Ecatepec (Estado de México), Coatzacoalcos (Veracruz), Naucalpan (Estado de México), Villahermosa (Tabasco), Tapachula (Chiapas) and Uruapan (Michoacán), were qualified as the most dangerous cities to live in Mexico, as revealed by a survey conducted on citizens over 18 by the National Institute of Statistics and Geography (Inegi).
With a percentage of 97.4, 94.3, 94, 92.4, 92.3 and 88.9 percent, respectively, the residents of these cities declared themselves afraid of living in those places.
Of all of Mexico, 73.9 percent of the respondents considered that the city where they live is unsafe; a percentage slightly lower than that registered in March 2019, registering 75.9 percent of insecurity at the national level.
The citizens claim that the place where they feel more insecure are the ATMs located in the middle of the street, in the second place is the public transport vehicles (and the Metro), then inside a bank and in the streets that they usually walk to carry out their daily activities.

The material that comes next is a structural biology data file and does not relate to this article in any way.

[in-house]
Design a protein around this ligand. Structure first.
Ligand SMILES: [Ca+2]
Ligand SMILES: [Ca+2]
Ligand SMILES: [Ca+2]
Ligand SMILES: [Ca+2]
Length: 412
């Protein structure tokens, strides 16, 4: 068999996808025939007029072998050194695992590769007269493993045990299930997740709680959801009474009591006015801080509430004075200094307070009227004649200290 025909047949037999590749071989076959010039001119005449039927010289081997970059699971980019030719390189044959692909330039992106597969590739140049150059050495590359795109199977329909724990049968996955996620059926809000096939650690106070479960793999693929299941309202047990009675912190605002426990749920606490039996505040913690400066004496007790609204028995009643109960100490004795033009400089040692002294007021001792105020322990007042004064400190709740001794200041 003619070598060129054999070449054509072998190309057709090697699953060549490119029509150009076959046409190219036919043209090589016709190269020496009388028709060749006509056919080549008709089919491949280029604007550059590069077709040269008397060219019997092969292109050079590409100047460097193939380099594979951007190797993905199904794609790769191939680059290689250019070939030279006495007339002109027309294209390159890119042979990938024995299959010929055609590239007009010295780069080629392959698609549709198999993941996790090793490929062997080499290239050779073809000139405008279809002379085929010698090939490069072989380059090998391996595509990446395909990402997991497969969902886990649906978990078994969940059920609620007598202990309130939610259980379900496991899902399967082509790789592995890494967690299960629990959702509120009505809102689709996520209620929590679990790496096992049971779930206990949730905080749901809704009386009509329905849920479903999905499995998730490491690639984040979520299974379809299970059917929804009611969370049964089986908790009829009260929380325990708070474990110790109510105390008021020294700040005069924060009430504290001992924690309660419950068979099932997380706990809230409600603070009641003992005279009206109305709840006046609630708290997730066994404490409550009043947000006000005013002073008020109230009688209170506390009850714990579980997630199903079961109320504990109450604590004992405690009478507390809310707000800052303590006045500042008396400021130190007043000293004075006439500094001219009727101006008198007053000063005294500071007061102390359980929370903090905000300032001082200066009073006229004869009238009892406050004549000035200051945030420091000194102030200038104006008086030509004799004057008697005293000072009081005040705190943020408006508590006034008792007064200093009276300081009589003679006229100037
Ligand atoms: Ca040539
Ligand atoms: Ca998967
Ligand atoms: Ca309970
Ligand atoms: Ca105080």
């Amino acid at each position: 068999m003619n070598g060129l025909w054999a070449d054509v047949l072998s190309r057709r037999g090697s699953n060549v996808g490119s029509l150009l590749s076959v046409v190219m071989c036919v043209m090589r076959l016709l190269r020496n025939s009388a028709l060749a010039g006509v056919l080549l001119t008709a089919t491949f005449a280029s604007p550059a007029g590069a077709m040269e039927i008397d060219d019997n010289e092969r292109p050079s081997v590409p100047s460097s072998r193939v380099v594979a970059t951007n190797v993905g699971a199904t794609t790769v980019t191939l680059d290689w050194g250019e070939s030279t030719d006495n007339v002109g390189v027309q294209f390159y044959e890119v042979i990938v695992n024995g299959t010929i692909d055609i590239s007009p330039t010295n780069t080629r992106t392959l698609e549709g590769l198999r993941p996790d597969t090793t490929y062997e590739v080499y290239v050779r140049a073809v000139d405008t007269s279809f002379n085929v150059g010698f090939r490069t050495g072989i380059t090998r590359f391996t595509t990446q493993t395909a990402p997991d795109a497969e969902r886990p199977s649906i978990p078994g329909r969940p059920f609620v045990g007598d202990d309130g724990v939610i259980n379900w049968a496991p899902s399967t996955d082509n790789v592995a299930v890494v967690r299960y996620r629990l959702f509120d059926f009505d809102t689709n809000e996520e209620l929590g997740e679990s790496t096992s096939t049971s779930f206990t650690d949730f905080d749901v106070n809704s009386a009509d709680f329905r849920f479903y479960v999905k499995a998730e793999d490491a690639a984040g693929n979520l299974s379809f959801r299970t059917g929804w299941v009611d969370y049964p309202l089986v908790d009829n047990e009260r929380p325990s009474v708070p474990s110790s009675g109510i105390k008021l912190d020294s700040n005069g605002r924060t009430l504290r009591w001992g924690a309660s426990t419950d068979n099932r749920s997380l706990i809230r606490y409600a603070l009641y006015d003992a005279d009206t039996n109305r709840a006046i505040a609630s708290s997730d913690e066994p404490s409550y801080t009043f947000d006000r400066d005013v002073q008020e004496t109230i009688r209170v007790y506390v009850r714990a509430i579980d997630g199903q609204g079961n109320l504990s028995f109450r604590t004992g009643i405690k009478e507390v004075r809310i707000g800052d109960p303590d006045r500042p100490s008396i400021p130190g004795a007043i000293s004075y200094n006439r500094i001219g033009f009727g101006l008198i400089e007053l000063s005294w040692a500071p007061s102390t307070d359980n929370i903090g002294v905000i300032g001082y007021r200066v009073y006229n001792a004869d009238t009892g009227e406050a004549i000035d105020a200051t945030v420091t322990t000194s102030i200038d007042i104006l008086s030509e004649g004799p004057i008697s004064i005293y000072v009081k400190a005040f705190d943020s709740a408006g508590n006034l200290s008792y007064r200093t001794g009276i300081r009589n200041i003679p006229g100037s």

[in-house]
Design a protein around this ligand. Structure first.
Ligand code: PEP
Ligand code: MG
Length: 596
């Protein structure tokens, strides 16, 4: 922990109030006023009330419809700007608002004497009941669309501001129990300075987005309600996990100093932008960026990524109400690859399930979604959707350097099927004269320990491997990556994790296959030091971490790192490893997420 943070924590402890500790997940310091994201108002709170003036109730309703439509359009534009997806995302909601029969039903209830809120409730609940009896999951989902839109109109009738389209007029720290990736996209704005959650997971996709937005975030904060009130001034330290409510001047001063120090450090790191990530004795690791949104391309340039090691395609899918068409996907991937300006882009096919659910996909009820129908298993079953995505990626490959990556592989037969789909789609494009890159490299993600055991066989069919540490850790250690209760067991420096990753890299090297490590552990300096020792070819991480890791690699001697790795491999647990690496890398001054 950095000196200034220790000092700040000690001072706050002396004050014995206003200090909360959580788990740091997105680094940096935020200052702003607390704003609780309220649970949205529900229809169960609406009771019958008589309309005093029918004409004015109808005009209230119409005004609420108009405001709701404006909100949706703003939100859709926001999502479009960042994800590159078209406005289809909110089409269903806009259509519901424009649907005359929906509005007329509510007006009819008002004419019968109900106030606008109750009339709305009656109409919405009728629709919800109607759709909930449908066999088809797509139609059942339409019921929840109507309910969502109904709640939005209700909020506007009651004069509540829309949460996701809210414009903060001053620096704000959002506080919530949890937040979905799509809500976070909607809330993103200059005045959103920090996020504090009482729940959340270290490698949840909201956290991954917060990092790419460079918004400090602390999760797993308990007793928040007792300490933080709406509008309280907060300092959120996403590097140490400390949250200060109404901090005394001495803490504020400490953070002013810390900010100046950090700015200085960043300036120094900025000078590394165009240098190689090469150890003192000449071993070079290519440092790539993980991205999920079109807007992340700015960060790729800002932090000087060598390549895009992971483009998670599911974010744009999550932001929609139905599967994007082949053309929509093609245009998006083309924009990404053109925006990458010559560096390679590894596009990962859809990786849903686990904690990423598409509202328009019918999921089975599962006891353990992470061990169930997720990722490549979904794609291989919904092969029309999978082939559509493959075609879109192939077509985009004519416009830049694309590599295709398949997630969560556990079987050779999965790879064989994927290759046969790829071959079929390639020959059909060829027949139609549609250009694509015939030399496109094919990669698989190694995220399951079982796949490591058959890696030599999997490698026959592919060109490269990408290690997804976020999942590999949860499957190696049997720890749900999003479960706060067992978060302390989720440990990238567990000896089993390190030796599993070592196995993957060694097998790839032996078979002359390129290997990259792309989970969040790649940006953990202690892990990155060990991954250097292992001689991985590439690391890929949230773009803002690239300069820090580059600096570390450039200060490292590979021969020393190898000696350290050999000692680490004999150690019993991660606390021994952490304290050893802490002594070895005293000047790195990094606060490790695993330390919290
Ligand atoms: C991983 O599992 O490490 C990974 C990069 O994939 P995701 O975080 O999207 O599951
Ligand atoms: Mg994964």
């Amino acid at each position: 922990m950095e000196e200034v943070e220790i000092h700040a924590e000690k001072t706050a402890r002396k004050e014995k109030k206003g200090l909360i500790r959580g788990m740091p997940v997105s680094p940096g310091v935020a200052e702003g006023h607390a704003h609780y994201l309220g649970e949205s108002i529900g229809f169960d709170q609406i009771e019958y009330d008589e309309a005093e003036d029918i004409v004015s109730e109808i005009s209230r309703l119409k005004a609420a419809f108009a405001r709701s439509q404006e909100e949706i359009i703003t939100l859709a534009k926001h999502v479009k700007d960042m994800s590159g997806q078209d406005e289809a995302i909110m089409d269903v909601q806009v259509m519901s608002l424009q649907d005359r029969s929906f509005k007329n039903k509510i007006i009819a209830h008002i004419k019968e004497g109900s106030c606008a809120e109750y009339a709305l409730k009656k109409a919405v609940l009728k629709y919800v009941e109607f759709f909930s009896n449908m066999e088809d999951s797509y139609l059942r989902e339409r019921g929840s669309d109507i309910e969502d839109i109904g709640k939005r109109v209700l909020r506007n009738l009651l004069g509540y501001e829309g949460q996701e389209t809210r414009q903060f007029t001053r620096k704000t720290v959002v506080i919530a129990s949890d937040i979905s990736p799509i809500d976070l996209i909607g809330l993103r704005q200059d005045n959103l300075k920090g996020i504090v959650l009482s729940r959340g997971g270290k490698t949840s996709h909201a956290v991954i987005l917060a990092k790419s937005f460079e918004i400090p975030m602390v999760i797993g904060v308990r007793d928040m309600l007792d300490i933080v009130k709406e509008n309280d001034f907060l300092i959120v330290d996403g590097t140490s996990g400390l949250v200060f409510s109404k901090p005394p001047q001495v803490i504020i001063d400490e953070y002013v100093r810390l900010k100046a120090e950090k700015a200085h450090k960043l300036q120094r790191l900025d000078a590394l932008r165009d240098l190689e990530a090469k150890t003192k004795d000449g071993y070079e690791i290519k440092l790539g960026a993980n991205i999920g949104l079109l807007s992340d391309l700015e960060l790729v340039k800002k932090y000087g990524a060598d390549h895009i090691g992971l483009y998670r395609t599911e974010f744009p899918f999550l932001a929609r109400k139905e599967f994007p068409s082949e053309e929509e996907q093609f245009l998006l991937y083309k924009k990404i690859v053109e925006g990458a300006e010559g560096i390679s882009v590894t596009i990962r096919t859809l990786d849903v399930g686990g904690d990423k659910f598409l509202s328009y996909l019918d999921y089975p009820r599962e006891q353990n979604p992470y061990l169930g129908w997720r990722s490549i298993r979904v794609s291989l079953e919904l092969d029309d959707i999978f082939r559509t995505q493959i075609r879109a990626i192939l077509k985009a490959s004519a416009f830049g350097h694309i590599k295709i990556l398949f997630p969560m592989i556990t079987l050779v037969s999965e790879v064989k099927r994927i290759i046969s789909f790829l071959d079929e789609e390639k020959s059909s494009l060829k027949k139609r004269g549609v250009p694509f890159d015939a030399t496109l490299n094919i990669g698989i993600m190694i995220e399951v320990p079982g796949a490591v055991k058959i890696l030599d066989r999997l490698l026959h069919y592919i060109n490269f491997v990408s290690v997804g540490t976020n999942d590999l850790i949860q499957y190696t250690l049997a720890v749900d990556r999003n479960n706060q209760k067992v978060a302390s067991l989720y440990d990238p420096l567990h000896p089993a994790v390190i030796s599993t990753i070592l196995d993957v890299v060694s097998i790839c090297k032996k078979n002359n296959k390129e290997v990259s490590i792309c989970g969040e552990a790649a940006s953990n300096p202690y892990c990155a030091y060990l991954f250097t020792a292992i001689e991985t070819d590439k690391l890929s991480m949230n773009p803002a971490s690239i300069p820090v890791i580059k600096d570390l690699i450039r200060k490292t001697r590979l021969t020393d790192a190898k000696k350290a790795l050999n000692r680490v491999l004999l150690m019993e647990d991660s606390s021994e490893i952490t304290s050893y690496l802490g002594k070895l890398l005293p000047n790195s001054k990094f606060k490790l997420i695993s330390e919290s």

At a national level, the National Survey of Urban Public Security (ENSU) of Inegi revealed that 34.9 percent of households had at least one victim of robbery and/or extortion during the first semester of 2019.
It was also reported that in the same period of time 15.5 percent of the population had contact with a public security authority, of which 47.3 percent said they had been the victim of an act of corruption.
Women are the most affected by the insecurity that exists in Mexico, since 78.7 percent fear for their lives; men registered 68.2 percent.
On the other hand, the cities with the least perception of insecurity were: San Pedro Garza García (Nuevo León), Mérida (Yucatán), San Nicolás de los Garza (Nuevo León), Los Cabos (Baja California Sur), Durango (Durango) and Puerto Vallarta (Jalisco); with 18.9, 30.2, 31.5, 36.1, 40.8 and 43.1 percent, respectively.